The forecast looks perfect for a day in the garden. I intend to get started soon after sun up at 5:31 a.m. and work as long as I’m able or until needed work is done.
Tomatoes and cucumber seedlings are reaching the critical stage where either they get planted or composted and I favor the former. Otherwise, what was the point of all the planning and preparations in the greenhouse? If I establish the tomato patch and plant cucumbers and peppers that will be enough of an accomplishment.
My scale is larger than a typical household garden with 38 plum and slicer tomato plants planned, a scaled down cucumber patch, and a patch of 12 hot peppers alongside one row of guajillo and one row of ancho chilies. If I get that all in, anything else would be a bonus. The goal is to finish by 4 p.m. so I can go out to dinner in the county seat with some of my blogger friends.
Sunday, June 9, is the Iowa Democratic Party Hall of Fame induction in Cedar Rapids. The Hall of Fame is one of the biggest party fundraisers of the year and this year’s inductees are Fred and Charlotte Hubbell who have long been active in Democratic politics. They are also among the most significant financial contributors to the party. Fred Hubbell was our gubernatorial candidate in 2018. Other individuals and groups are also recognized at the event. Here’s a link.
19 candidates for president will take five minutes each to address attendees. Most candidates have events scheduled in and around Cedar Rapids this weekend to expand the reach of their trip to Iowa’s second largest city. The events range from sign waving rallies outside the event location to family-friendly gatherings in a park to food and social time with candidates. The event I plan to attend is a climate conversation with Washington Governor Jay Inslee who made the climate crisis the focus of his campaign for president. Organized by State Senator Rob Hogg, a long-time member of the Climate Reality Project, I’m looking forward to hearing how the conversation goes Saturday, June 8 at 6 p.m. at Ellis Park in Cedar Rapids.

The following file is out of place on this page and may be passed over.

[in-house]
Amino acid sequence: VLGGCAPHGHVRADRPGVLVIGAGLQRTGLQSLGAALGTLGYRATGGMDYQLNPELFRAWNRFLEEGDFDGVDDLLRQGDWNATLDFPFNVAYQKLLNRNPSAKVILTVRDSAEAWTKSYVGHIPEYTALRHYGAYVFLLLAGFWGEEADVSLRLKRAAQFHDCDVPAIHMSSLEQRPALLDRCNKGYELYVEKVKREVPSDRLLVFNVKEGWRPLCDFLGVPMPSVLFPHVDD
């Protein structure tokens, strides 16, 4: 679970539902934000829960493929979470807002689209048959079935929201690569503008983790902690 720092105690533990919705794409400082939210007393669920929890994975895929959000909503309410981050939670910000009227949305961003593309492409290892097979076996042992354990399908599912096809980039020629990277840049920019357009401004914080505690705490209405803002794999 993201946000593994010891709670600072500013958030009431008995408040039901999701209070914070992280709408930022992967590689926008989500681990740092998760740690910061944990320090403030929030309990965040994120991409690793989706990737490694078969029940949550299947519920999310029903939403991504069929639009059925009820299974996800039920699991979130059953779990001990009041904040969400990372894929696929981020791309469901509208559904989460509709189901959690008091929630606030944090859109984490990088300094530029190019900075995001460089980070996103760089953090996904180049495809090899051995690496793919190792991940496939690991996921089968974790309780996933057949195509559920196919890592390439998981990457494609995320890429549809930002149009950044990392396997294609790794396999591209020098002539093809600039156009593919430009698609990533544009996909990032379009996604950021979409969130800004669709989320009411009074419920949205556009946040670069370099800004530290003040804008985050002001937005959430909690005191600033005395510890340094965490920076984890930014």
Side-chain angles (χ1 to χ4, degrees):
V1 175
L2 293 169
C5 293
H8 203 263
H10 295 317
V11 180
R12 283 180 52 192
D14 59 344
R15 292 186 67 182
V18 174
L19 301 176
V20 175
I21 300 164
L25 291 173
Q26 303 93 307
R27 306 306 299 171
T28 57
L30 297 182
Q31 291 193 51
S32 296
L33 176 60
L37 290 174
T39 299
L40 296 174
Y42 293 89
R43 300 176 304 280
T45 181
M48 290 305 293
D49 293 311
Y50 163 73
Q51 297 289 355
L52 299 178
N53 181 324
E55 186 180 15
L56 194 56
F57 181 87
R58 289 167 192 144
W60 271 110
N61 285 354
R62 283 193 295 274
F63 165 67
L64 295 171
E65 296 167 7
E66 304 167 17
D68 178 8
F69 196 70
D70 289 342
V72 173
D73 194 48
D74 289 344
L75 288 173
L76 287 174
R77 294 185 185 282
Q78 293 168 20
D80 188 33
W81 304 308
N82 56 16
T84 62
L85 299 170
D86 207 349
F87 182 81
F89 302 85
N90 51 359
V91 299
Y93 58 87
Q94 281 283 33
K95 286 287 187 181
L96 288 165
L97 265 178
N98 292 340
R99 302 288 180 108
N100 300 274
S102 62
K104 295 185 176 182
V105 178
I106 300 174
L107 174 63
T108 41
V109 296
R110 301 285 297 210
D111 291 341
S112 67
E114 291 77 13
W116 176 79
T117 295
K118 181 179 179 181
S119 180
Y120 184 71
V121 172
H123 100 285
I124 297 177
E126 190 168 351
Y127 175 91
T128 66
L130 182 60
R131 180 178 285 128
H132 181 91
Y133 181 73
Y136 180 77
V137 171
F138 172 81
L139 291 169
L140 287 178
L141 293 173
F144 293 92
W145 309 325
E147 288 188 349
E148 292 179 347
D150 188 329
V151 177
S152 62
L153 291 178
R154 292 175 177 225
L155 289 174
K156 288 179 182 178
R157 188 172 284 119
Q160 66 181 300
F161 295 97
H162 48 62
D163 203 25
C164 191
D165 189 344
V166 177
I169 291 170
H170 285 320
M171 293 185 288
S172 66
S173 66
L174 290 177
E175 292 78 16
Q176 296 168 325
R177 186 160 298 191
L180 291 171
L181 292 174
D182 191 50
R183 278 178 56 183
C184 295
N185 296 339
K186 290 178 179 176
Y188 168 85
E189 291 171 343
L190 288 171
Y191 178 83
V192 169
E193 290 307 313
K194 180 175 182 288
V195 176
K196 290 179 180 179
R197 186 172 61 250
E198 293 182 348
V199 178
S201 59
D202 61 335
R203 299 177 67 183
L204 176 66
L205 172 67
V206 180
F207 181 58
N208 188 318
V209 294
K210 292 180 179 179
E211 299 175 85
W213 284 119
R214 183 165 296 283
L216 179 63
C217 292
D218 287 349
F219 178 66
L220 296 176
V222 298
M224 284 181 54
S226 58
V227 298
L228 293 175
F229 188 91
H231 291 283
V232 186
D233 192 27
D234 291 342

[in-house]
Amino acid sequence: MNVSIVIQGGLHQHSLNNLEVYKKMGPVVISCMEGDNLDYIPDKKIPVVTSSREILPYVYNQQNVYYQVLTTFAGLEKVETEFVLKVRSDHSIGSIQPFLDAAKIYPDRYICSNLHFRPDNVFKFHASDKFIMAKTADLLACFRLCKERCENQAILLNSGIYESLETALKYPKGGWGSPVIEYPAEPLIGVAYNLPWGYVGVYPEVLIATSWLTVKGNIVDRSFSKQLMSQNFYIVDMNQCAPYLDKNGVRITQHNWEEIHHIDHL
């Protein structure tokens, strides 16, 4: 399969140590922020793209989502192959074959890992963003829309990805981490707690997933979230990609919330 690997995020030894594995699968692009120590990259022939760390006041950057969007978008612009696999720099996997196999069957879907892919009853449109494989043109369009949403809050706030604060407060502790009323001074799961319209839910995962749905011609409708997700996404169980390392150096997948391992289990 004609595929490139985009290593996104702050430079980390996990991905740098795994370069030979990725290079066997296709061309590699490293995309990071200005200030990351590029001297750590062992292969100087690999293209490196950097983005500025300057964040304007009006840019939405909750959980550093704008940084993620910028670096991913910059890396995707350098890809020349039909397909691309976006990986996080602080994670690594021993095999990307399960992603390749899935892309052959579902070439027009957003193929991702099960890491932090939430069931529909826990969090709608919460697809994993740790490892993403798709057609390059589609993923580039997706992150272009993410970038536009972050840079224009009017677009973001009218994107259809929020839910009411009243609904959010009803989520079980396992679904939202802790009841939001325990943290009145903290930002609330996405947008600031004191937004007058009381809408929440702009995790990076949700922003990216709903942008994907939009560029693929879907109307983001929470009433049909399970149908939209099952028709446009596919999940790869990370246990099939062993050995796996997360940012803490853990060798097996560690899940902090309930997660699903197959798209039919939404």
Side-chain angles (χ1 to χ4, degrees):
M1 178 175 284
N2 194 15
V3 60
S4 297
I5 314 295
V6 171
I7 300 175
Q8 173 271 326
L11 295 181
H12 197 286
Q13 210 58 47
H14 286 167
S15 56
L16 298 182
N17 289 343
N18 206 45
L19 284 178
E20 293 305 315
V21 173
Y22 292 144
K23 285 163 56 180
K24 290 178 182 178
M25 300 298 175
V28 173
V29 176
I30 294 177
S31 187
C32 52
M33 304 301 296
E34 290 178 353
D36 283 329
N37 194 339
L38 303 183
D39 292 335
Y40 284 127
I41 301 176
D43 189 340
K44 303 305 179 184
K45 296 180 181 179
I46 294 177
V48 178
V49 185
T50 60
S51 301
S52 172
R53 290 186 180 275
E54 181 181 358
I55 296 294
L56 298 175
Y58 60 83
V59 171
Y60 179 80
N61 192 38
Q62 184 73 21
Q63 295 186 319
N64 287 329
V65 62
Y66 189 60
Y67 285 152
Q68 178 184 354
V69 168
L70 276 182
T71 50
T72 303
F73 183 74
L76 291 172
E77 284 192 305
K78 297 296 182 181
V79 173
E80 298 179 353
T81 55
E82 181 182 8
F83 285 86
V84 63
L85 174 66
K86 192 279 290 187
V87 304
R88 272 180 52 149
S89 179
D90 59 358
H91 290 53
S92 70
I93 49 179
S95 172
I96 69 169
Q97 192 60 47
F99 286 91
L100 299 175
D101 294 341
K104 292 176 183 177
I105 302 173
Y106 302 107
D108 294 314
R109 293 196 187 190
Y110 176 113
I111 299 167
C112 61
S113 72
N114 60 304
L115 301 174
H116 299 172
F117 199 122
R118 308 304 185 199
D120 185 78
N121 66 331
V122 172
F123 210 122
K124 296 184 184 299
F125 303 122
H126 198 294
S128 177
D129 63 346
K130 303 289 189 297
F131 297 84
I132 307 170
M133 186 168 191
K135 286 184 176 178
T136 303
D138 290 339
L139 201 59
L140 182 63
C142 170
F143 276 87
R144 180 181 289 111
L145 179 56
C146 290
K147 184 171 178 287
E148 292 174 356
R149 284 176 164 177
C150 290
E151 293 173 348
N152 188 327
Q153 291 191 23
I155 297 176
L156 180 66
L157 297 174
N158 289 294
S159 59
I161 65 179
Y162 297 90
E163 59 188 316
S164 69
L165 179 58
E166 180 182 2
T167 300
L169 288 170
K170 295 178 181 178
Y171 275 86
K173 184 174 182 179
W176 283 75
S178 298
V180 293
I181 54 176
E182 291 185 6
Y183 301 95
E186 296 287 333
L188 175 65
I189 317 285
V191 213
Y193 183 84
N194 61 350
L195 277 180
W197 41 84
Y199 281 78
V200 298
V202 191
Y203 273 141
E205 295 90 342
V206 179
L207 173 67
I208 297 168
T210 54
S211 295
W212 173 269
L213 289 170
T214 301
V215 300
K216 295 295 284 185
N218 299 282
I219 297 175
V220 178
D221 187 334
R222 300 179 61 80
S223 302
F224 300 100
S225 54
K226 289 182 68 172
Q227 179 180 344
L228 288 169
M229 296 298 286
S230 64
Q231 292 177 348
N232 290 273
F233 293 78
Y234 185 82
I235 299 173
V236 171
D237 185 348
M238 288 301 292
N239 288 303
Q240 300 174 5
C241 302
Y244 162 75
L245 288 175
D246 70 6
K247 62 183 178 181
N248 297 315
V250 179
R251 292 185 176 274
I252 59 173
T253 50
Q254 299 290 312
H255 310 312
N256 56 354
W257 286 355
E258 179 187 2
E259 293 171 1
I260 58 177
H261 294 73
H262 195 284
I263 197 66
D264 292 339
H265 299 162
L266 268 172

I had a brief chat at the county party central committee meeting with one of the Our Revolution of Johnson County organizers about the Bernie Sanders campaign. The campaign saved voter information from Sanders’ 2016 effort, which resulted in half of caucus-goers supporting Sanders. The salient question is whether 2016 Sanders support can be converted to 2020 support. Our local Sanders organizer is in training this week and they haven’t finished the canvass to know the answer. They have significant endorsers and thousands of volunteers to perform the canvass.
“This incredible group of endorsers are some of the most well-known progressive voices that Iowa has to offer,” Misty Rebik, Sanders’ state director, said in a June 6 statement to Iowa Starting Line. “Together with our 25,000-strong volunteer base in the state, these progressive Iowans will help us build on our grassroots movement and win on caucus night.”
I don’t see any of the other campaigns packing up and going home after this statement. However, if what Rebik told the blogger is true, I’m sure everyone will use their five minute speech at the Hall of Fame to add their Sanders endorsement to the list.
As I reported April 26, Newman Abuissa confirmed he is running for Congress in Iowa’s second district at last night’s county central committee meeting. I’ve known Abuissa for years and he’s a good guy. In addition to being an engineer for the Iowa Department of Transportation, he is a member of the Arab American Institute’s National Policy Council. Active in peace and justice issues within the Iowa Democratic Party his focus has been on foreign policy as it relates to the Middle East. It seems unlikely he will gain traction against announced candidate Rita Hart, but his announcement was clearly heartfelt. He’s right. We could do a lot of good with the money being wasted on our perpetual wars.
I can see the light of a new day dawning through the window on the other end of my writing space. Time to get to work in the garden.